Genomic Imprinting at the Transcriptional Level
Published Online: 15 NOV 2011
Copyright © 2001 John Wiley & Sons, Ltd. All rights reserved.
How to Cite
da Rocha, S. T. and Heard, E. 2011. Genomic Imprinting at the Transcriptional Level. eLS. .
- Published Online: 15 NOV 2011
Genomic imprinting is an epigenetic mechanism of gene regulation that causes genes to be expressed from only one of the two parentally inherited chromosomes in mammals. This form of regulation affects less than 1% of genes and has crucial roles in embryonic growth, development and brain function. Imprinted genes are often clustered in large chromosomal domains and their expression is regulated by cis-acting imprinting control regions (ICRs). ICRs carry a methylation imprint that is laid down in one of the two parental germlines, when the two genomes are separated, to distinguish the paternal and the maternal alleles. To date, regulation of imprinting in these clusters is thought to be explained by competition of promoters of different genes to common enhancers or cis-regulation induced by long noncoding RNAs (ncRNAs). Aberrant expression of imprinted genes leads to human pathologies and is frequent in cancer. Genomic imprinting provides a unique model for studying the epigenetic influence on transcriptional activity and repression.
A subset of genes in the mammalian genome (less than 1%) known as imprinted genes are expressed exclusively from one of the two parental alelles.
The existence of genomic imprinting highlights the nonequivalence of parental genomes and precludes the viability of mammalian embryos with exclusive contribution of genetic material from one of the parents.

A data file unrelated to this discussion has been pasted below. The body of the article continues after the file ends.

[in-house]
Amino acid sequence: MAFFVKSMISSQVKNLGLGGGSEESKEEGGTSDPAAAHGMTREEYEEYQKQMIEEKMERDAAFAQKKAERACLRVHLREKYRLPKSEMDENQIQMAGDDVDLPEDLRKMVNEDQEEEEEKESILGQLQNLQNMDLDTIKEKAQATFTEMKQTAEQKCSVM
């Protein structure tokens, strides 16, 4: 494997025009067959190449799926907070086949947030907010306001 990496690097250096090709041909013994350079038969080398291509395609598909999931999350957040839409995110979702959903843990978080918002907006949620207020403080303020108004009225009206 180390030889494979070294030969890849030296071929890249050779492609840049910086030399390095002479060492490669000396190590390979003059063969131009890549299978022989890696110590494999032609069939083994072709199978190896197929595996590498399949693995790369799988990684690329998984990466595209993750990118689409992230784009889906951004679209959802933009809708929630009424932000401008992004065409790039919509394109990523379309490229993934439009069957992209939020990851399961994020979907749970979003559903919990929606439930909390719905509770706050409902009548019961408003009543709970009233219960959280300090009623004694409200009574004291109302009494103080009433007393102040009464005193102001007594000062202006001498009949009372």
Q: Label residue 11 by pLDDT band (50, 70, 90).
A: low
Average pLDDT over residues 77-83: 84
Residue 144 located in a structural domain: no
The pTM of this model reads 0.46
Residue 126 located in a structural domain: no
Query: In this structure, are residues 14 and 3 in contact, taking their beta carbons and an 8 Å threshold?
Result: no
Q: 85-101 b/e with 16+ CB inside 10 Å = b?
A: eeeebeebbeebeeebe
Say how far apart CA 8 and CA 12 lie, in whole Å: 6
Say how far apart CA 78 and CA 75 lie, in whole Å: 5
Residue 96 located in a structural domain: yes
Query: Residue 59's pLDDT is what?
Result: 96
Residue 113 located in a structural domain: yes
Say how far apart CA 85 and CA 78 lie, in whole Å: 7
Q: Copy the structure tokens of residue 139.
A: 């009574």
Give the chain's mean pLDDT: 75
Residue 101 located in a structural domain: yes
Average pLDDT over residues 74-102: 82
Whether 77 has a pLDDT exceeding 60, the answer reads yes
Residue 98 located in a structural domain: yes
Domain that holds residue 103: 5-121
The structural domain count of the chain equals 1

Imprinted genes are involved in fetal growth and placental development in the uterus, as well as brain function and metabolism in adults.
Genomic imprinting has been reported in placental mammals and marsupials but not in montremes.
Most imprinted genes are physically linked in chromosomal regions known as imprinted clusters and are co-ordinatively regulated.
Genomic imprinting at clusters is regulated by imprinting control regions (ICRs) that acquired an imprint distinguishing the two parental alelles during gametogenesis.
DNA methylation is the bona fide imprint mark that distinguishes the two parental alleles at the ICRs, resisting the wave of DNA demethylation after fertilisation and being erased and reset in the germline.
Insulation of common enhancers by the methylated sensitive protein CTCF explains the imprinting regulation at the Igf2/H19 region.
Silencing of genes in cis by long non-coding RNAs explains the imprinting regulation for at least three imprinted clusters by yet unknown mechanisms.
Deregulation of genomic imprinting can cause imprinted disorders in humans which exhibit parent of origin effects in their pattern of inheritance.
- genomic imprinting;
- DNA methylation;
- histone modifications;
- noncoding RNAs (ncRNAs)